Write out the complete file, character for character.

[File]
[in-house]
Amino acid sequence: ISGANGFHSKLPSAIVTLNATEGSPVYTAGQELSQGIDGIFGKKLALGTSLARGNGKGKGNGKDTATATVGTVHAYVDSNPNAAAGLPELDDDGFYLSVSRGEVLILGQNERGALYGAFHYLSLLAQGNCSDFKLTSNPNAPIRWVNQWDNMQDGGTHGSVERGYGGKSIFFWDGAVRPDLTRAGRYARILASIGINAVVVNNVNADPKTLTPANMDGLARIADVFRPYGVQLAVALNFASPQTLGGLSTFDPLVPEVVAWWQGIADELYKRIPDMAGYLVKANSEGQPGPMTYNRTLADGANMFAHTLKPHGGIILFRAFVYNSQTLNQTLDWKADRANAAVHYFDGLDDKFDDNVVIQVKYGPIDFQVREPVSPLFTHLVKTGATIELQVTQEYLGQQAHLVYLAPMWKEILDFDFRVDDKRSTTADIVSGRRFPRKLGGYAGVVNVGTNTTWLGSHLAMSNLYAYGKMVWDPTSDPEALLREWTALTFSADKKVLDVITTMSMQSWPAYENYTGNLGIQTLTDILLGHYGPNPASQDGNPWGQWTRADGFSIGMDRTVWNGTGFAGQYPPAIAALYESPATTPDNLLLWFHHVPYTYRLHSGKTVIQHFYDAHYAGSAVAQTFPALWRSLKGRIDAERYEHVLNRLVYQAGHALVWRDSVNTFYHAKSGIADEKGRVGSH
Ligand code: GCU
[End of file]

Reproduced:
[in-house]
Amino acid sequence: ISGANGFHSKLPSAIVTLNATEGSPVYTAGQELSQGIDGIFGKKLALGTSLARGNGKGKGNGKDTATATVGTVHAYVDSNPNAAAGLPELDDDGFYLSVSRGEVLILGQNERGALYGAFHYLSLLAQGNCSDFKLTSNPNAPIRWVNQWDNMQDGGTHGSVERGYGGKSIFFWDGAVRPDLTRAGRYARILASIGINAVVVNNVNADPKTLTPANMDGLARIADVFRPYGVQLAVALNFASPQTLGGLSTFDPLVPEVVAWWQGIADELYKRIPDMAGYLVKANSEGQPGPMTYNRTLADGANMFAHTLKPHGGIILFRAFVYNSQTLNQTLDWKADRANAAVHYFDGLDDKFDDNVVIQVKYGPIDFQVREPVSPLFTHLVKTGATIELQVTQEYLGQQAHLVYLAPMWKEILDFDFRVDDKRSTTADIVSGRRFPRKLGGYAGVVNVGTNTTWLGSHLAMSNLYAYGKMVWDPTSDPEALLREWTALTFSADKKVLDVITTMSMQSWPAYENYTGNLGIQTLTDILLGHYGPNPASQDGNPWGQWTRADGFSIGMDRTVWNGTGFAGQYPPAIAALYESPATTPDNLLLWFHHVPYTYRLHSGKTVIQHFYDAHYAGSAVAQTFPALWRSLKGRIDAERYEHVLNRLVYQAGHALVWRDSVNTFYHAKSGIADEKGRVGSH
Ligand code: GCU